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FOTO Rehab Outcomes Blog

March MedPAC Report Indicates Immediate Elimination of MIPS

The Medicare Payment Advisory Commission (MedPAC) recently published its March report. Within the report, one section addressed the failing MIPS (merit-based incentive payment system). MedPAC offered a different route for determining quality which was based on group data versus individual clinician data.

MedPAC-MIPS-rehabilitationThe March 2018 MedPAC report shared the cost associated with MIPS from both the provider and Medicare's perspective.  I had no idea the level of cost for providers to participate, nor the huge cost Medicare has for benchmarking and determining whether an incentive payment or a penalty occurs. One thing not mentioned, if MIPS is considered budget neutral, was the Centers for Medicare and Medicaid (CMS) cost to evaluate the data included in the "budget neutral" description? 

MedPAC advised immediately eliminating MIPS. The suggestion was to simplify the process to only focus on patient outcomes, patient experience and cost. The proposed solution was called a Voluntary Value Program (VVP).  Remember, for now physical therapists, occupational therapists and speech-language pathologists are not included in MIPS. Although they are not, I tend to think that it is good to stay informed about what is going on with Medicare to be able try to anticipate upcoming changes that affect us.

VVP focuses on the health of the population and includes all the clinicians across time and settings. Apparently clinicians would not be reporting quality: CMS would derive measures from claims data and surveys. From a rehabilitation perspective, can you hear me groan? Claims data isn't enough to determine patient outcomes/quality from a rehabilitation perspective. Will the survey developed capture change to adequately differentiate quality from poorer results?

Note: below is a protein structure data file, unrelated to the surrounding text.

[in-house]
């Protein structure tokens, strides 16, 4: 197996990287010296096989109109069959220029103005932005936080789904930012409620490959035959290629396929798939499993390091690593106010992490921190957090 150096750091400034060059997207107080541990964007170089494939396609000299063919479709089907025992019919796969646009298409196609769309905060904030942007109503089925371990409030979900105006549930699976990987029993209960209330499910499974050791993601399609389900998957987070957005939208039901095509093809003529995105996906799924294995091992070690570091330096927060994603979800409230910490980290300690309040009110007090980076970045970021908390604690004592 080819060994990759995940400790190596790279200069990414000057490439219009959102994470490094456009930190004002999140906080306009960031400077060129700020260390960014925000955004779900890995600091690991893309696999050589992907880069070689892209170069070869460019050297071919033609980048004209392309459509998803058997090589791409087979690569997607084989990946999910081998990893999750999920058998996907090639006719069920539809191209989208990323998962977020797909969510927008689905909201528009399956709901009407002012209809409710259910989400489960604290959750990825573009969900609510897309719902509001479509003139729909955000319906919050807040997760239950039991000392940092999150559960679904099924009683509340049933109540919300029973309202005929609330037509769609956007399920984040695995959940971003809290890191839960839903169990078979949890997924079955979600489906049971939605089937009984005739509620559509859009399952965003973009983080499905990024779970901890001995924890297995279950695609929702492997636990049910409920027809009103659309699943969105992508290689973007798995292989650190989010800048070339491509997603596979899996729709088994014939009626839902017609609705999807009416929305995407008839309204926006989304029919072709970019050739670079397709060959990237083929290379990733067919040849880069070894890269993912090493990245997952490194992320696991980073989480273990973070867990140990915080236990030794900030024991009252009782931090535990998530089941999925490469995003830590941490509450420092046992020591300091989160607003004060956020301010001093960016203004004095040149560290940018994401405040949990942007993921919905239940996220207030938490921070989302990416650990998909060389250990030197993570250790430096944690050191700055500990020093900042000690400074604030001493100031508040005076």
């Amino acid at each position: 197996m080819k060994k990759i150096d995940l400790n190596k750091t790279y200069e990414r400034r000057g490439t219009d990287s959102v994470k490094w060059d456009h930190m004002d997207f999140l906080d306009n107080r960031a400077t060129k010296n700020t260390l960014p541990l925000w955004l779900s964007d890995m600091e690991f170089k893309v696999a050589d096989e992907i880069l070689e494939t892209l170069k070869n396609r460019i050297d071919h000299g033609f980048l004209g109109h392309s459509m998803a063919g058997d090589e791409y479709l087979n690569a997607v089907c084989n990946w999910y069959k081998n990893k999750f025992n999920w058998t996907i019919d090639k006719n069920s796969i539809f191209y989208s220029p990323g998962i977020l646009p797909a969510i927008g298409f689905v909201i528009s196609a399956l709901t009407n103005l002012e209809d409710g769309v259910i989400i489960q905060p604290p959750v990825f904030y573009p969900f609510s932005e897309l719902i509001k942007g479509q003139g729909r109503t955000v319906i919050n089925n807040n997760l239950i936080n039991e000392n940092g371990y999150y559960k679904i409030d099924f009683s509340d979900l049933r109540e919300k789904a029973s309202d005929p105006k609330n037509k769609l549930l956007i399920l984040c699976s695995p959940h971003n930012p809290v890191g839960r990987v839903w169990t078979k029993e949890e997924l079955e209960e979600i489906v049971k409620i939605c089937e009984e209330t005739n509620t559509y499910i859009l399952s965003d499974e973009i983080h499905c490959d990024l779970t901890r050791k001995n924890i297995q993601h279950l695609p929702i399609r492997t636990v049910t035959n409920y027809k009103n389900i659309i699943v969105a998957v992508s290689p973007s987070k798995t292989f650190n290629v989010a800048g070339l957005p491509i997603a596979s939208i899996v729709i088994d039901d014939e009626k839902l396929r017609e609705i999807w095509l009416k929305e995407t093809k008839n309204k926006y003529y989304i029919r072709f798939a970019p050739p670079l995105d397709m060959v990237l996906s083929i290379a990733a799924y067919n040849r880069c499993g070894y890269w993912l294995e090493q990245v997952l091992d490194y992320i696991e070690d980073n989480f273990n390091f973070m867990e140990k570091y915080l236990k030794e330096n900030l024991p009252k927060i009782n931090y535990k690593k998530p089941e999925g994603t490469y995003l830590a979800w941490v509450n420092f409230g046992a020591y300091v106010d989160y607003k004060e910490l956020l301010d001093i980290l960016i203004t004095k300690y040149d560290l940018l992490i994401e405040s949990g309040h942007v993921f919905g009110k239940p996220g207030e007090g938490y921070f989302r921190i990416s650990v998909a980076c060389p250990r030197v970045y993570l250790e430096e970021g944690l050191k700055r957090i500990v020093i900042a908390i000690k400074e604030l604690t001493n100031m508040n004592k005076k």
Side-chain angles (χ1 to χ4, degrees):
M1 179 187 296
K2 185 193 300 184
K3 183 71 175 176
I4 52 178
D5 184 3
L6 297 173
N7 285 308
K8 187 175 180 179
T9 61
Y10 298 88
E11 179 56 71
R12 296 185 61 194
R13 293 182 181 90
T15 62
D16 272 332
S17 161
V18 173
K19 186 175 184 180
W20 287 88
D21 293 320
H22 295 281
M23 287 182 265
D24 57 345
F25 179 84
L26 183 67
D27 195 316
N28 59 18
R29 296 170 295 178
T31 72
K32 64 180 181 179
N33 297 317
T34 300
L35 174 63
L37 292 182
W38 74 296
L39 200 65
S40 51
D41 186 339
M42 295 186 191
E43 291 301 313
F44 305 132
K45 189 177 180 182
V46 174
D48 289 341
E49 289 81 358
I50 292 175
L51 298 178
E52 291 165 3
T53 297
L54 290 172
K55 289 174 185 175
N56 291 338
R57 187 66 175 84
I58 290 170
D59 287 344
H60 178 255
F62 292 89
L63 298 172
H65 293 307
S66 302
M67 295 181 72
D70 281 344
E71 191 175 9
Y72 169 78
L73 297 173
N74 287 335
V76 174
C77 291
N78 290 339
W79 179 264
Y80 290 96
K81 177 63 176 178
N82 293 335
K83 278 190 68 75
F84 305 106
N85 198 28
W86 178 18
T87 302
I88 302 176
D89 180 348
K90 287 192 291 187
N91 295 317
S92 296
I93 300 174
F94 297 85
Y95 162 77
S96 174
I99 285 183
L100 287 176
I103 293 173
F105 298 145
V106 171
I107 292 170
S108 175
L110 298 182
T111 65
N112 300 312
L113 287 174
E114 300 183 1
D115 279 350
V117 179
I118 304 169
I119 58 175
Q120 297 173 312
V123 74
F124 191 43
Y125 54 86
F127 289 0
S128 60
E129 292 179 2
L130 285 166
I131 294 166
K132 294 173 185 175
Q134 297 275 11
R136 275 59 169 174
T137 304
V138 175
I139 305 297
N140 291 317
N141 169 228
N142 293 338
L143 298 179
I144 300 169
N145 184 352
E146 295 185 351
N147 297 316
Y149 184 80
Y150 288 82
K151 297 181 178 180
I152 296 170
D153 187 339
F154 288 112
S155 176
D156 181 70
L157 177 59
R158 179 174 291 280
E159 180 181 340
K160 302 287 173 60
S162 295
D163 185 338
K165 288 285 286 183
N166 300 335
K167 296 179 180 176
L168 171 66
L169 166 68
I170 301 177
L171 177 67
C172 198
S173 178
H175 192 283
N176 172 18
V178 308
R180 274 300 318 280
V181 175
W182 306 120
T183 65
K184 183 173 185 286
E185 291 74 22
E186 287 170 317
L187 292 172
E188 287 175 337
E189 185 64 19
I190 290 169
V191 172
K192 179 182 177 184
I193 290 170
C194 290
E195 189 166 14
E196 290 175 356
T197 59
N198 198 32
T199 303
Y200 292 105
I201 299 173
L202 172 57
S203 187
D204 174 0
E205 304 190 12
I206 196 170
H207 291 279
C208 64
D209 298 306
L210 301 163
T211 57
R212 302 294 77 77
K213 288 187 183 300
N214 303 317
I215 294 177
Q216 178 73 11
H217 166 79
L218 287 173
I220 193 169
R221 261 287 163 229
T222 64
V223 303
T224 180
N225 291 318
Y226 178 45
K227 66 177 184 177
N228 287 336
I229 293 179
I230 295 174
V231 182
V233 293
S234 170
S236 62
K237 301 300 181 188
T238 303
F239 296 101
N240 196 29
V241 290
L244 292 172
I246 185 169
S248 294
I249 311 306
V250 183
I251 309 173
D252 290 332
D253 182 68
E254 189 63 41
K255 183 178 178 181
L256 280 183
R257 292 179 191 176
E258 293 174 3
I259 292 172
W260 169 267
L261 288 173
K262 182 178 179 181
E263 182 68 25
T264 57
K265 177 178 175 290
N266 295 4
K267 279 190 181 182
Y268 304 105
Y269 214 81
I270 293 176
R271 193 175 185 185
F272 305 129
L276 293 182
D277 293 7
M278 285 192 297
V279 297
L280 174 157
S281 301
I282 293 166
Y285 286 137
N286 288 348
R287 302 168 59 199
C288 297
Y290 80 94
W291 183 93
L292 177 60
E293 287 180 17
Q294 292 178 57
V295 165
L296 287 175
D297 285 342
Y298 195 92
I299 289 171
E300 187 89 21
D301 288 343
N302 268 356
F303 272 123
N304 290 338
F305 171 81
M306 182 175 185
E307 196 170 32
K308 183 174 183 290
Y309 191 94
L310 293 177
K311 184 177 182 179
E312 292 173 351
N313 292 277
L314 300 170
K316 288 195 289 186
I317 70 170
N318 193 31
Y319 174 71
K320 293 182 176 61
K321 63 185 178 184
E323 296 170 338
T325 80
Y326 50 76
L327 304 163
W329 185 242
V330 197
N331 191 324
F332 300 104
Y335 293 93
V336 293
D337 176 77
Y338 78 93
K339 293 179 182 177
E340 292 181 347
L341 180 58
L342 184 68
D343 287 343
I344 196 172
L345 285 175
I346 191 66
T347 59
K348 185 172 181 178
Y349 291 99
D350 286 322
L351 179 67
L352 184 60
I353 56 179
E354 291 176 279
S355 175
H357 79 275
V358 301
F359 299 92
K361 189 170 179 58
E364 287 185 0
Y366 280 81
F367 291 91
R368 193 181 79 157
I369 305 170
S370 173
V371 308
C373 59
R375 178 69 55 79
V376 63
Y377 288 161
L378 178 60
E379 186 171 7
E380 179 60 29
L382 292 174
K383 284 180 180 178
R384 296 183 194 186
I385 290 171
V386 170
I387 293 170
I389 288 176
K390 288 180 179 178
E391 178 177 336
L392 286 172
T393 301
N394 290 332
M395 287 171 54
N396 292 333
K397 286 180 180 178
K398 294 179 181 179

The VVP proposal includes the concept of a "centrally administered survey information to calculate performance." I don't know about each of you, but do you want your payment based on some measure that you are not aware? And, besides that, do you want the government to be the one responsible for obtaining survey results? I mean, when will the government administer the survey? Weeks after a claim is submitted? For every beneficiary receiving services? To every beneficiary at certain points during the year? MedPAC was quite vague, so maybe I am misunderstanding the proposal. 

I can appreciate the idea of aggregated data and clinicians being in grouped data for quality determination purposes. As a single clinician, we don't have enough Medicare patients to determine quality. And, that being said, we treat a multitude of diagnoses which reduces the ability to determine quality even more. The minimum number MedPAC shared included 700 beneficiaries (to get 300 responses) to determine patient experience. I know I don't have that kind of volume. What I don't understand, for small practices, how can those in small practices join together? The tax identification numbers will all be different. Hospital situations are different - they have a whole system and multiple sites, so that data could easily be grouped under one umbrella. 

The VVP example for clinical quality included readmissions, mortality, inpatient hospital use and emergency department use. These quality indicators do not define quality for rehabilitation providers.  

From my perspective, it seems the majority of quality indicators will actually be derived from claims data. It also doesn't seem that the concept of "episode of care" is the focus, but instead the idea that patients need to be managed so that hospital generated claims do not happen. 

For now, it seems we just sit tight and wait to see what will happen with MIPS. If you are interested in reading the full report, you can find it here.

Until next time,

~Selena 

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